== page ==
What general advice would you offer to writers of cinema discussion and criticism wishing to establish themselves?
I would advise them not to get into film criticism if they think they are going to make a living at it and to write about what they are passionate about in a unique way and not read other contemporary film critics.
You’ve been involved with various forms of media for over four decades to date – writing for books, newspapers, magazines and online, filmmaking, directing plays. What are some of your thoughts on the vast technological changes you’ve observed and adapted to in your involvement in these fields during this time?
I started writing film articles for a local paper in 1971. I was reviewing mainstream US movies then. But mainstream cinema was much more interesting back then. I got paid pretty well. A few hundred dollars a week of articles, reviews and interviews. Then I got into magazine publications in the late 1980s, but that's changed a lot. Many have folded. The Internet has changed everything. I still make films, but with a cellphone! I still write scripts and have collaborated with the Russian filmmaker Alex Bakshaev on some projects. He's a real visionary. One of the world's best contemporary directors. A true original. It's more difficult to make films now. You have to make video, unless you're Quentin Tarantino. And there's a world of competition out there with the Internet. Hard to get attention. Even big budget films get lost in the shuffle today.
I know you’ve met a fair few individuals in the public eye – actors, directors, musicians. What are some of your most memorable ‘celebrity’ encounters, good or bad?
Meeting and having a few drinks with Nicholas Ray in 1972 was memorable. He was working on his experimental film in nearby Binghamtom N.Y. I met him at the Everson Museum and then had several meetings with him. He didn't seem to be in good health but he was very engaging and direct. He hated mainstream films as much as I did and I remember him praising Bunuel and some European directors. I also met Sam Fuller in 1981 and watched his German made crime film Dead Pigeon on Beethoven Street with him sitting nearby. He was a great raconteur and he very encouraging to me when I told him I was a writer and independent filmmaker. He even gave me the address of his agent. He was very generous and had an anti-Hollywood attitude which I respected. He was a unique genre stylist. I also got a chance to have a number of long distance phone conversations with Jean Rollin when I conducted an interview with him in 1990. It was a bad time for him, he was ill and trying to find film work but he was very generous with his time and sent me a large package of behind the scene photography from his film career. He was a very gentle, humble and film obsessed person. A real cult movie fan.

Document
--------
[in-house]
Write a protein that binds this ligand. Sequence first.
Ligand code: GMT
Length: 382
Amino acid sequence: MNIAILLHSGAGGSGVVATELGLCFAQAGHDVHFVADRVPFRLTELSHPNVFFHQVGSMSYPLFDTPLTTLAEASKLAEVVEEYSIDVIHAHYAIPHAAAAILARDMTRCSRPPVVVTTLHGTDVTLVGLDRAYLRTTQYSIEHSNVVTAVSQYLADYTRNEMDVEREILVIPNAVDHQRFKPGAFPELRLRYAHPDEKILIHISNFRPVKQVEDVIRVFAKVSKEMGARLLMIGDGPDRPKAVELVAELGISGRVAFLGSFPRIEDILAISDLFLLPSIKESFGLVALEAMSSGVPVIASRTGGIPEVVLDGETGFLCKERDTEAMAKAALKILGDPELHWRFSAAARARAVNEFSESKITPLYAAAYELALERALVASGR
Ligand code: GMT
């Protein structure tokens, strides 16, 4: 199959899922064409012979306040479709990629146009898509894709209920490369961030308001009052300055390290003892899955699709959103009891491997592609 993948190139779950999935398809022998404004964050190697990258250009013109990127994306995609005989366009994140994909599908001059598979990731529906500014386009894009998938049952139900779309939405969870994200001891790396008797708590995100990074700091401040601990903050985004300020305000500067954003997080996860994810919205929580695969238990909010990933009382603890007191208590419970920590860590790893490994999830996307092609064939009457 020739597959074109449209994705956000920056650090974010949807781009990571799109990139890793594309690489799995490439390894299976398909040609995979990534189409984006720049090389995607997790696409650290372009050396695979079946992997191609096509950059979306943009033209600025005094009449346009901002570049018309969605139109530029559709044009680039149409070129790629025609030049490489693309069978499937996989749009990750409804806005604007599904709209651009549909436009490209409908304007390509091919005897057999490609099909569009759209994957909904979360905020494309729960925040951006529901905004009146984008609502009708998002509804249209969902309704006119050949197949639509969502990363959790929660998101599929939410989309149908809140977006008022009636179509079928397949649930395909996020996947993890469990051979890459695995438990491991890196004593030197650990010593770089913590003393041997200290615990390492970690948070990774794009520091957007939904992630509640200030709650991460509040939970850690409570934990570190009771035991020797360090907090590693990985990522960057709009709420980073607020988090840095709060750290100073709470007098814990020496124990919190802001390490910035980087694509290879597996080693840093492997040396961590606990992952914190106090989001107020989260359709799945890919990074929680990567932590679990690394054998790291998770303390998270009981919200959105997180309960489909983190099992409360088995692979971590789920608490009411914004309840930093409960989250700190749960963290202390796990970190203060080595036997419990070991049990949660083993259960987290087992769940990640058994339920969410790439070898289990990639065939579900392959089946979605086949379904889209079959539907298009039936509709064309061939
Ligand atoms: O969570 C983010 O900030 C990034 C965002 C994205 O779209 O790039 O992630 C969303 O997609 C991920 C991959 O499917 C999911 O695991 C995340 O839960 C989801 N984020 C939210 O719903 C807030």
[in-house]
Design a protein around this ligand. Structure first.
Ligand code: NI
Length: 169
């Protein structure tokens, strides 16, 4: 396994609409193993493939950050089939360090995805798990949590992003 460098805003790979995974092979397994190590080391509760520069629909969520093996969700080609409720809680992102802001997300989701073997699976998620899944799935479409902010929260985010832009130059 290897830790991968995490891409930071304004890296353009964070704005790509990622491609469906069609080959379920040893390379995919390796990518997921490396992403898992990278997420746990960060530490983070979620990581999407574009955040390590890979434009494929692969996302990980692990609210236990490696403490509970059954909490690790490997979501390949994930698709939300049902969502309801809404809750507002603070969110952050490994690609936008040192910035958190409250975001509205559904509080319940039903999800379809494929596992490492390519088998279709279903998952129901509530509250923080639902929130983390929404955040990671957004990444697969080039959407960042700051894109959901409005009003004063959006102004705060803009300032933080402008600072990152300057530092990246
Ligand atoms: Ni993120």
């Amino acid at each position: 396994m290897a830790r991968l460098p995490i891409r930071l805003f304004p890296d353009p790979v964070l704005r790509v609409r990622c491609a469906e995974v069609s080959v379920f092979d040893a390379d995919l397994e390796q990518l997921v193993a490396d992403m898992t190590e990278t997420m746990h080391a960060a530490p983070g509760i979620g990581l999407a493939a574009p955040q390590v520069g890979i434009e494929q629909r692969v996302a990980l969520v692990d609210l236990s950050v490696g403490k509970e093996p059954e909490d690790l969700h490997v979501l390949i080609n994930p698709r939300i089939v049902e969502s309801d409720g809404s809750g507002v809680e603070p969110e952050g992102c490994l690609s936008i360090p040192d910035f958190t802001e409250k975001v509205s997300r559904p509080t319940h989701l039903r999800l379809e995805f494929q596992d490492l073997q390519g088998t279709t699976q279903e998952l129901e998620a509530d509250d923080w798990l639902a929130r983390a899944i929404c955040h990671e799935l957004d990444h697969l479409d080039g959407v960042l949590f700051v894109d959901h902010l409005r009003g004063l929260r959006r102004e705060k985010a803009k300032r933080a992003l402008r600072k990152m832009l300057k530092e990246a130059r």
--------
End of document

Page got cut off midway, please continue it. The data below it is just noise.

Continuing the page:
What works or projects are you most proud of, and what are some of your current and future projects you’d like to mention?
Probably the European Trash Cinema issue on Riccardo Freda which I wrote and the web series which I wrote and was filmed in Voronez by Alex. It's actually on Blu-ray in Spain. Also some of the plays I wrote had some very good readings which provoked some memorable audience feedback. My main projects now are to complete a feature style film script and work on some fiction rather than journalism. I also got my name on the credits of a Jess Franco film, his final one. I never expected that and thank the producer, Ferran Herranz.